Pakistan is a water-stressed country. Current per capital water resources stand at about 1200 cubic meters per person per year. Given our increasing population and food supply demands, water is becoming increasingly scarce. Despite this scenario, it’s strange how little people know about this precious commodity, available in plastic bottles from priced at Rs15.
Water is consumed in several ways in Pakistan. Over 90 per cent of our water resource — consisting of glacial melt and seasonal rains — is consumed in agriculture. Only a fraction is consumed by the domestic sector and some is consumed in various industrial processes. In order to understand the price of water, it is necessary to understand the pricing system around these types of consumption.
Consumers of canal irrigation water pay an abiana charge levied under the Canal and Drainage Act, 1873, which states that “The rates to be charged for canal water supplied for the purposes of irrigation to the occupiers of land shall be determined by the rules to be made by the provincial government and such occupiers shall pay for it accordingly”. Provincial governments publish water rates. In Punjab, until 2003, there were sporadic increases in water charges. Now the government has applied a flat rate system of Rs85 per cropped acre during the kharif season and Rs50 per acre during the rabi season.
In Khyber-Pakhtunkhwa, the flat rate system was introduced in 2008, and increased in 2009, to Rs200 per acre for food crops and Rs250 per acre for other crops. In Sindh, there are different water rates for different crops in different canal commands. For example, Rs93 per acre for cotton and Rs120 per acre for sugarcane. In Balochistan, water rates have been subject to an annual 13 per cent increase and are different for different crops. For example, Rs89 per acre for cotton and Rs181 per acre for sugarcane.
In a well structured irrigation system, consumers pay the cost of efficient operations, maintenance and replacement costs of the irrigation assets. There are various ways to price irrigation water. In some systems, the cost of water is the marginal cost of adding another consumer to the system. In others, the cost of water is based on full-cost recovery of the operation and maintenance costs of the irrigation system. In still others, the rule of thumb is to collect a replacement and maintenance sum amounting to three per cent of the capital stock of water infrastructure.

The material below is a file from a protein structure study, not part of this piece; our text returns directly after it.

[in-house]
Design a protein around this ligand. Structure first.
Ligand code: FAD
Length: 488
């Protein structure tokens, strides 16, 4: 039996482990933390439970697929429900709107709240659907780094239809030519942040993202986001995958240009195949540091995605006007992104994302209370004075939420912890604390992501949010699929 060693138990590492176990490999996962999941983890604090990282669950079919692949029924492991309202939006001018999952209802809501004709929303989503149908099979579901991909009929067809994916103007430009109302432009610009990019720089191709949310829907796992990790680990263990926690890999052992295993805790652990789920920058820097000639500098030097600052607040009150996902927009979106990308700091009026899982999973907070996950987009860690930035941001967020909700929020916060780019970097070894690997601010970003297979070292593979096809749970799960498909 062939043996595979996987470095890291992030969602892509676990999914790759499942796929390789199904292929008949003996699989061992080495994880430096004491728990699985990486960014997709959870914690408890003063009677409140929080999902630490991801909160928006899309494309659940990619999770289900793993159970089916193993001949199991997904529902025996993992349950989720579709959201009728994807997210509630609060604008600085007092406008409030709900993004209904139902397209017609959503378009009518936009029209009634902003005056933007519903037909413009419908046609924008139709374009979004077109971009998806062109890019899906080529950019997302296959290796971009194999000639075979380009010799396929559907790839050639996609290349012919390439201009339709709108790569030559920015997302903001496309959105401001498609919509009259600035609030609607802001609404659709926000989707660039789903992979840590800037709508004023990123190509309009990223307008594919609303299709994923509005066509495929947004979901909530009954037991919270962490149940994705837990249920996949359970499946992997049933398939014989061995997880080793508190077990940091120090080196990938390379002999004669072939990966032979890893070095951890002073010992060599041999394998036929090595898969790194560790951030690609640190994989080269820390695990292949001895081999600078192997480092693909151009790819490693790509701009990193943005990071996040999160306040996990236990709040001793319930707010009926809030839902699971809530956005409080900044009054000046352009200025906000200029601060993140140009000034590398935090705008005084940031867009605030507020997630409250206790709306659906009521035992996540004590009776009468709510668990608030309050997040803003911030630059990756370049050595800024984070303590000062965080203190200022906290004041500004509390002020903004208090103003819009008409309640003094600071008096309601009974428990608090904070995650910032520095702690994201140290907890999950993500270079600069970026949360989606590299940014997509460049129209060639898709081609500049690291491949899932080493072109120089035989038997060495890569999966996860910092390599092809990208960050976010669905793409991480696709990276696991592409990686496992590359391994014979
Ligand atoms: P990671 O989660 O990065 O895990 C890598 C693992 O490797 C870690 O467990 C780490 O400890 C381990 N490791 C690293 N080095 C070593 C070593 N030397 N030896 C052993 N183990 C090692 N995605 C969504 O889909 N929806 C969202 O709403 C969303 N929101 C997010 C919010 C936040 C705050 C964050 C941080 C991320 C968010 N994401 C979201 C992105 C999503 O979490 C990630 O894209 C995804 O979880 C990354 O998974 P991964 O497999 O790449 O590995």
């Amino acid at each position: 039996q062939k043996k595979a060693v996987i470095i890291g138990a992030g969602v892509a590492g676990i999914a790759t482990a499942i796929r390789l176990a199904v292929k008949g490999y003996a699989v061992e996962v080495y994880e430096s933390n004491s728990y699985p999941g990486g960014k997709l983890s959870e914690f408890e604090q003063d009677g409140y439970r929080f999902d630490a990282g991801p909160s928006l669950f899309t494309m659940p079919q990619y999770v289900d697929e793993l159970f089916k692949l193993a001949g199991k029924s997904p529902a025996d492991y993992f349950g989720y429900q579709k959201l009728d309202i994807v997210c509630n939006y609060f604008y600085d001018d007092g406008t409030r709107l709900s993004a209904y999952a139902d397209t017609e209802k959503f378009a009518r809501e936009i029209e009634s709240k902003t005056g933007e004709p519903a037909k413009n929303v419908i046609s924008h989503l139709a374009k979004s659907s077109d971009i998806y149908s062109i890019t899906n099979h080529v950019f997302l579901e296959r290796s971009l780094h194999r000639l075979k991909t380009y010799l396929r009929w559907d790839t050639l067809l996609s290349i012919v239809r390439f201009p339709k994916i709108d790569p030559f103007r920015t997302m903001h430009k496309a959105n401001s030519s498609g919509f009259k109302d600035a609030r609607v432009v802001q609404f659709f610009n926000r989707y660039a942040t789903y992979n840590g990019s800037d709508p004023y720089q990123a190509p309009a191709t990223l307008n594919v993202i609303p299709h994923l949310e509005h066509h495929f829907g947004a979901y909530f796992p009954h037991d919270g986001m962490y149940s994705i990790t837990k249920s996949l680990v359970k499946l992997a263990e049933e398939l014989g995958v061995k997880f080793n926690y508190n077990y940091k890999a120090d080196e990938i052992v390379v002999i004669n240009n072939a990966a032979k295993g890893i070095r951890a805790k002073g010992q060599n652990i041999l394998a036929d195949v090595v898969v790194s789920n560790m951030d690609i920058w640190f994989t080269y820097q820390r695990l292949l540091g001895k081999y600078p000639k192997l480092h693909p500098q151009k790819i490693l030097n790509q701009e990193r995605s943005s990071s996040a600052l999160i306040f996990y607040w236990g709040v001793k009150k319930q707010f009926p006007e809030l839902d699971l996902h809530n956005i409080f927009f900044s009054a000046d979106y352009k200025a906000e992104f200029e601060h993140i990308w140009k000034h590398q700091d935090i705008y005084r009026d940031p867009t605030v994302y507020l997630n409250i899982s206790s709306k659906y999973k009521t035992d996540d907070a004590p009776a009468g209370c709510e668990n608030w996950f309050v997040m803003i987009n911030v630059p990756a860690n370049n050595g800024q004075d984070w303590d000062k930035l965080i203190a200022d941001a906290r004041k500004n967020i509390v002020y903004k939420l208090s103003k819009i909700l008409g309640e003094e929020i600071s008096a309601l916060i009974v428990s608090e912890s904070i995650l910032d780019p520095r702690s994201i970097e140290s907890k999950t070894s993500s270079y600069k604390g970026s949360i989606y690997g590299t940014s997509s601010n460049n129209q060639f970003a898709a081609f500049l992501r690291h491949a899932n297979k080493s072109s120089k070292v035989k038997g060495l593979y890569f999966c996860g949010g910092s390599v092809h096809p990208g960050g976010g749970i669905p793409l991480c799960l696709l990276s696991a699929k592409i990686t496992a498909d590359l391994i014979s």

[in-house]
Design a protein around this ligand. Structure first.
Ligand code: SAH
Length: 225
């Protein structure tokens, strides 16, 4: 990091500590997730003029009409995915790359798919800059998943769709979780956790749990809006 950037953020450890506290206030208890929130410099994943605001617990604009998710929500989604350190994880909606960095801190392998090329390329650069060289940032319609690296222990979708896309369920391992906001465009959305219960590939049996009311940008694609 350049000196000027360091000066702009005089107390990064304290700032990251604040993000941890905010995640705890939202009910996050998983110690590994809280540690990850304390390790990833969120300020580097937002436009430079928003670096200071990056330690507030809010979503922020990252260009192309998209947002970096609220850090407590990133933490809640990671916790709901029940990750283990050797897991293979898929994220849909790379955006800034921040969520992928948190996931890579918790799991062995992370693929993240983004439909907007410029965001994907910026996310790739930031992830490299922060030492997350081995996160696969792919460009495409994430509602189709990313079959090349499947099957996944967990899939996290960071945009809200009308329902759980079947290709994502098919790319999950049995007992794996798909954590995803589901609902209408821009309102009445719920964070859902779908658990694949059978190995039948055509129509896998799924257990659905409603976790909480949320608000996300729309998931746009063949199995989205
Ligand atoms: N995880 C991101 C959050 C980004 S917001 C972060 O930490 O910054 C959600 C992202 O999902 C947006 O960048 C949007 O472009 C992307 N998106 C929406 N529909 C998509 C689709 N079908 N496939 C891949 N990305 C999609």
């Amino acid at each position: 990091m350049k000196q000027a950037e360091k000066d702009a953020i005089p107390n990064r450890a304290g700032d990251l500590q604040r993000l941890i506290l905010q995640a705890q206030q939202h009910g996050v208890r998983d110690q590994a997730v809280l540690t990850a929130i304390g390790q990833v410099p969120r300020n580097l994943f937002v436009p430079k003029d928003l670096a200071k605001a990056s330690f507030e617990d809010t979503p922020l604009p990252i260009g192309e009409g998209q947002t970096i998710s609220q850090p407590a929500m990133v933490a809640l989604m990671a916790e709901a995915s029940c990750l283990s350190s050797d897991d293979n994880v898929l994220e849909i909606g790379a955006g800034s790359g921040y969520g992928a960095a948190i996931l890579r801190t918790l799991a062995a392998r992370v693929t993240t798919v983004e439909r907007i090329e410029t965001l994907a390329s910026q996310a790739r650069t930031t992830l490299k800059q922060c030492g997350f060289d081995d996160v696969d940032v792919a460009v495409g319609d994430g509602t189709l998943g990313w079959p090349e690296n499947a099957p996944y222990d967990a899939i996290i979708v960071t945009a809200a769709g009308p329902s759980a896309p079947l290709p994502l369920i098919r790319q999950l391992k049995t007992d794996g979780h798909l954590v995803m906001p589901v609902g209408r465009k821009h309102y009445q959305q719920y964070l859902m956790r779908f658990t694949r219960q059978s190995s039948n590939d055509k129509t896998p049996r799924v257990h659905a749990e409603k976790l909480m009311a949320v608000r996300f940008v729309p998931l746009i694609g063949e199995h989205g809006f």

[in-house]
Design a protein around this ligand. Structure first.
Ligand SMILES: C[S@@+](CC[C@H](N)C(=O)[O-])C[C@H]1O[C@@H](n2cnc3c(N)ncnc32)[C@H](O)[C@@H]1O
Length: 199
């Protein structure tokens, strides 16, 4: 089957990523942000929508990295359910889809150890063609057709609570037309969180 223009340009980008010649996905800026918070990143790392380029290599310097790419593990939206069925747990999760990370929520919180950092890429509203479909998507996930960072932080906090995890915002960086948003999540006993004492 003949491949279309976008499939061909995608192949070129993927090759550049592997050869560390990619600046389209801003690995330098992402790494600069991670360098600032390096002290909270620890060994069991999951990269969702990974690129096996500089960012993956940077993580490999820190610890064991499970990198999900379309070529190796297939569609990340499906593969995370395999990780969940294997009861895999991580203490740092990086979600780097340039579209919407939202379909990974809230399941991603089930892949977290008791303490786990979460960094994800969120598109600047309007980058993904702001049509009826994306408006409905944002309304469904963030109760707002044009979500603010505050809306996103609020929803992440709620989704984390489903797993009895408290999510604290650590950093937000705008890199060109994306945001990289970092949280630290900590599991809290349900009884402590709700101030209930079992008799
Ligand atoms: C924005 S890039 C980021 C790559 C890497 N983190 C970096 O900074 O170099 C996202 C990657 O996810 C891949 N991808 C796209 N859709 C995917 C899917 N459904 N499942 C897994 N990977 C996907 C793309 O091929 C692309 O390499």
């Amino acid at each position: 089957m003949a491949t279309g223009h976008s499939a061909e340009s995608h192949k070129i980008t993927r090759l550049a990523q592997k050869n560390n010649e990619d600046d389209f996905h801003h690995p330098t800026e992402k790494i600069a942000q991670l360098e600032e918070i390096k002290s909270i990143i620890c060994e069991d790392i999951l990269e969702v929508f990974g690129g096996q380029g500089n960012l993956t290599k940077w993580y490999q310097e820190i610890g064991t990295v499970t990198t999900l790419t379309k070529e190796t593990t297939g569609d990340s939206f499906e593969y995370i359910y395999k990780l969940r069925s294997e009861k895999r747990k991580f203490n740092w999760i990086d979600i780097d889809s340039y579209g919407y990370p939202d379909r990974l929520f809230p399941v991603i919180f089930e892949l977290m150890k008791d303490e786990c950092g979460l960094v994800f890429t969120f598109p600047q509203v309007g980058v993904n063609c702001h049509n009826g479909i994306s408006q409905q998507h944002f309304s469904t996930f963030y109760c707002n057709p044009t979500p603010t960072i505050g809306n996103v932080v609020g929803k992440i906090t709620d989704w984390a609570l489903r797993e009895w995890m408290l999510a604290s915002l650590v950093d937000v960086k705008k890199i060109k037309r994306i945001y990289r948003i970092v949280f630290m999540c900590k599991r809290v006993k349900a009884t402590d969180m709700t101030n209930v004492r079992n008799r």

The Punjab Irrigation Department, for example, manages an estimated US$20 billion in water infrastructure. According to water expert John Briscoe, “this would imply that the cost of replacement and maintenance of Punjab’s stock of water resource and irrigation infrastructure would be US$0.6 billion a year” and that accordingly, the Government of Punjab should be investing about US$0.3 billion a year in replacement and maintenance. As of 2006, the Government of Punjab’s budget for maintenance was about 6.5 per cent of that benchmark. In no way is this abiana pricing in Punjab sustainable. It doesn’t even cover operation and maintenance costs.
Let me take Lahore’s Water and Sanitation Agency (WASA), to illustrate water pricing for domestic consumers. In an excellent paper on pricing in Lahore, Tamkinat Rauf and M Wasif Siddiqi explain that the WASA has been given the power to collect rates, fees and charges for water supply. The last time water charges were changed in Lahore was in 2004, when the provincial government approved tariffs for metered and unmetered connections (no unmetered connections have been given since). For metered connections using up to 5,000 gallons per month (gpm), Rs12.88 per 1,000gpm, Rs20.86 per 1,000gpm for consumption between 5001—20,000 gallons and Rs27.30 for consumption above 20,001 gallons per month. For unmetered connections, the tariff is linked to the annual rental value (ARV) of the premises. The tariff is Rs98.77 per month for properties of ARV of up to Rs400 and Rs747.32 per month for properties with an ARV of up to Rs2299. For properties with an ARV of above Rs4500, the tariff is Rs747 per month.
Domestic water is usually priced under block-rate schedules established to ensure the efficient use of the resource, as well as to achieve equity, environmental conservation, cost recovery and public participation. Rauf and Wasif note that WASA has kept tariffs below cost recovery levels, forcing a deficit and reliance on provincial government grants and loans. The WASA can scarcely recover its overhead and maintenance costs. Since 2004, the former has applied to the Government of Punjab for an escalation of tariff. Each application has been rejected.
Studies show that there is an excess demand for water in Pakistan: people demand more quantities of water than they would if they were to pay the true environmental and supply cost of water. As water becomes more scarce in Pakistan, there could be skirmishes over water hegemony in the country. And unless we realise that we are wasting our resource by not paying for it, the entire game will be sized upon by corporate. Whether this is good or bad is anyone’s guess. My point is that the people of Pakistan will not have their say in how they have access to life’s most precious resource.
Published in The Express Tribune, February 16th, 2012.